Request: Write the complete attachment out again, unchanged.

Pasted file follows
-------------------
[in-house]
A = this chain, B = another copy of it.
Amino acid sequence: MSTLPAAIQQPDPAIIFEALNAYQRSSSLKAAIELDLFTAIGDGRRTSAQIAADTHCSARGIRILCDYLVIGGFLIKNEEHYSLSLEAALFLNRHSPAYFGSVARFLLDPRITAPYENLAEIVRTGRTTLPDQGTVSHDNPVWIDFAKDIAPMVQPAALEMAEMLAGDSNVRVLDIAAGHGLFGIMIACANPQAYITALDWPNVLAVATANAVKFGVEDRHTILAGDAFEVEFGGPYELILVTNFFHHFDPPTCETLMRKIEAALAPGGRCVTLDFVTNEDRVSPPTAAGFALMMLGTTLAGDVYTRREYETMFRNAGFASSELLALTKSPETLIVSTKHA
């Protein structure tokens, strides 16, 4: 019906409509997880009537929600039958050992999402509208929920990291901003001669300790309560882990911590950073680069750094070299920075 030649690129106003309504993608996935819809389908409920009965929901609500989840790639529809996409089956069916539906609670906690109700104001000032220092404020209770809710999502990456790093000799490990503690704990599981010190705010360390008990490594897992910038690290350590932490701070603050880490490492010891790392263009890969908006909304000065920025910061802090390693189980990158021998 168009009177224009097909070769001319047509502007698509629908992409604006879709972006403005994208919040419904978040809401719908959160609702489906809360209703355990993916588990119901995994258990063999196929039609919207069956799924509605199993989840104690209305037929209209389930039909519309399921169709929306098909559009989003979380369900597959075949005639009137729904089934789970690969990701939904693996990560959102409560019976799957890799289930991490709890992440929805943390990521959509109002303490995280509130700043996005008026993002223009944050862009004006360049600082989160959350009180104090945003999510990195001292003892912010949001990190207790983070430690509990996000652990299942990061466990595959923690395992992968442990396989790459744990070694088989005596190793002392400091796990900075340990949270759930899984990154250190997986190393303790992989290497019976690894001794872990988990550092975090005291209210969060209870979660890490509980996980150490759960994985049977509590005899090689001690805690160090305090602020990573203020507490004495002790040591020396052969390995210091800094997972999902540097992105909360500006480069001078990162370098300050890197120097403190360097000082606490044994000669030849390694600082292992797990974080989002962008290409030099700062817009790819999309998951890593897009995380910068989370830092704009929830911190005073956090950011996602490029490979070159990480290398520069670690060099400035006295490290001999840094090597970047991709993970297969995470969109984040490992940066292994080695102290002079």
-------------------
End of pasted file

[in-house]
A = this chain, B = another copy of it.
Amino acid sequence: MSTLPAAIQQPDPAIIFEALNAYQRSSSLKAAIELDLFTAIGDGRRTSAQIAADTHCSARGIRILCDYLVIGGFLIKNEEHYSLSLEAALFLNRHSPAYFGSVARFLLDPRITAPYENLAEIVRTGRTTLPDQGTVSHDNPVWIDFAKDIAPMVQPAALEMAEMLAGDSNVRVLDIAAGHGLFGIMIACANPQAYITALDWPNVLAVATANAVKFGVEDRHTILAGDAFEVEFGGPYELILVTNFFHHFDPPTCETLMRKIEAALAPGGRCVTLDFVTNEDRVSPPTAAGFALMMLGTTLAGDVYTRREYETMFRNAGFASSELLALTKSPETLIVSTKHA
């Protein structure tokens, strides 16, 4: 019906409509997880009537929600039958050992999402509208929920990291901003001669300790309560882990911590950073680069750094070299920075 030649690129106003309504993608996935819809389908409920009965929901609500989840790639529809996409089956069916539906609670906690109700104001000032220092404020209770809710999502990456790093000799490990503690704990599981010190705010360390008990490594897992910038690290350590932490701070603050880490490492010891790392263009890969908006909304000065920025910061802090390693189980990158021998 168009009177224009097909070769001319047509502007698509629908992409604006879709972006403005994208919040419904978040809401719908959160609702489906809360209703355990993916588990119901995994258990063999196929039609919207069956799924509605199993989840104690209305037929209209389930039909519309399921169709929306098909559009989003979380369900597959075949005639009137729904089934789970690969990701939904693996990560959102409560019976799957890799289930991490709890992440929805943390990521959509109002303490995280509130700043996005008026993002223009944050862009004006360049600082989160959350009180104090945003999510990195001292003892912010949001990190207790983070430690509990996000652990299942990061466990595959923690395992992968442990396989790459744990070694088989005596190793002392400091796990900075340990949270759930899984990154250190997986190393303790992989290497019976690894001794872990988990550092975090005291209210969060209870979660890490509980996980150490759960994985049977509590005899090689001690805690160090305090602020990573203020507490004495002790040591020396052969390995210091800094997972999902540097992105909360500006480069001078990162370098300050890197120097403190360097000082606490044994000669030849390694600082292992797990974080989002962008290409030099700062817009790819999309998951890593897009995380910068989370830092704009929830911190005073956090950011996602490029490979070159990480290398520069670690060099400035006295490290001999840094090597970047991709993970297969995470969109984040490992940066292994080695102290002079």